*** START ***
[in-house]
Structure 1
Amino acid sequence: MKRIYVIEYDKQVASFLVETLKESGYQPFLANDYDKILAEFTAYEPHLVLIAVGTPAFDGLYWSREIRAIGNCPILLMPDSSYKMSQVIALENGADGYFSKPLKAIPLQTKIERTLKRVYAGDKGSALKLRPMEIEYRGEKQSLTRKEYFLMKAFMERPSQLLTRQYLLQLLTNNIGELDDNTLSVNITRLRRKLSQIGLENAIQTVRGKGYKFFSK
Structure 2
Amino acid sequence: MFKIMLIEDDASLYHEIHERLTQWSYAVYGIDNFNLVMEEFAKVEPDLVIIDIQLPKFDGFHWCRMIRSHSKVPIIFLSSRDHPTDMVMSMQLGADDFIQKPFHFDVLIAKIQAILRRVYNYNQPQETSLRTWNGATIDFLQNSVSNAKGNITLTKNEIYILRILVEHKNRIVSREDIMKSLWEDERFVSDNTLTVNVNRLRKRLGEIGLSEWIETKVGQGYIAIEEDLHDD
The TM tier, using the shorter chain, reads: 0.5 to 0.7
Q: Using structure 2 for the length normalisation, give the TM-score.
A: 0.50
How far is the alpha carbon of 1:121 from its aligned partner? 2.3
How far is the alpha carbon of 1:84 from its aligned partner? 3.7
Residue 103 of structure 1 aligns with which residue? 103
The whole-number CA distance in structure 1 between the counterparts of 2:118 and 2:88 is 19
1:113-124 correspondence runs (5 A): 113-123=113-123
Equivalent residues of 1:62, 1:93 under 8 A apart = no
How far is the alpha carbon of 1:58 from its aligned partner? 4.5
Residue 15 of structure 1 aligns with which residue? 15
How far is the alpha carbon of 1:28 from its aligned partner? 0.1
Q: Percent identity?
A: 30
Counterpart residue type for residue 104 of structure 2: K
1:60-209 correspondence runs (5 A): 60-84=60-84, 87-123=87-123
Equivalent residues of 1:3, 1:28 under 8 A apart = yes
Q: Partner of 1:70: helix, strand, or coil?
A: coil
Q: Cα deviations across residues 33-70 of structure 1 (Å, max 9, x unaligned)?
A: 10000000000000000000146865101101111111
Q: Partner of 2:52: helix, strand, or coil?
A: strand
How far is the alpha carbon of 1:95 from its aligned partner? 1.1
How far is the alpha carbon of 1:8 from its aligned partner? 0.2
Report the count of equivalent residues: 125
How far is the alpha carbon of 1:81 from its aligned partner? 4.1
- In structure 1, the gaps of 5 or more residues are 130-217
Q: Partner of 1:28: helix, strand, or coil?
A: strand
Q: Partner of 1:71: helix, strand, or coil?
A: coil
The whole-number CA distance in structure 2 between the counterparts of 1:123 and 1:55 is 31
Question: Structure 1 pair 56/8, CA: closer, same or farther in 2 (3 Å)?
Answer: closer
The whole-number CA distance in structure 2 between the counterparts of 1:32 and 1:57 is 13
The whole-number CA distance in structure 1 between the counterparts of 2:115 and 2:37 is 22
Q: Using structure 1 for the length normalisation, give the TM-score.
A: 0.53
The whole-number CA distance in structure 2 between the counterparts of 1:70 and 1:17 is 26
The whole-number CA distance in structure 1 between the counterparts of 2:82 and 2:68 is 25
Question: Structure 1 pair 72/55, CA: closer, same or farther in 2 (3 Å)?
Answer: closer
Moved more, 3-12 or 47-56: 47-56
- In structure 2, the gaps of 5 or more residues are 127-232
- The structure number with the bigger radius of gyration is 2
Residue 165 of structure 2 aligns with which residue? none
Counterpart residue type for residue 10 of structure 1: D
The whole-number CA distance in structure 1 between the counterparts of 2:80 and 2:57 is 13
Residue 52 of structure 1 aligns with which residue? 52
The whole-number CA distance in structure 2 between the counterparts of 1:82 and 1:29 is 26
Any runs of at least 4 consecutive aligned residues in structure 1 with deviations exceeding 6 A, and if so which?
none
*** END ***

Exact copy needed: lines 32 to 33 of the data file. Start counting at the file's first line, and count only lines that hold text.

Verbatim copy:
How far is the alpha carbon of 1:81 from its aligned partner? 4.1
- In structure 1, the gaps of 5 or more residues are 130-217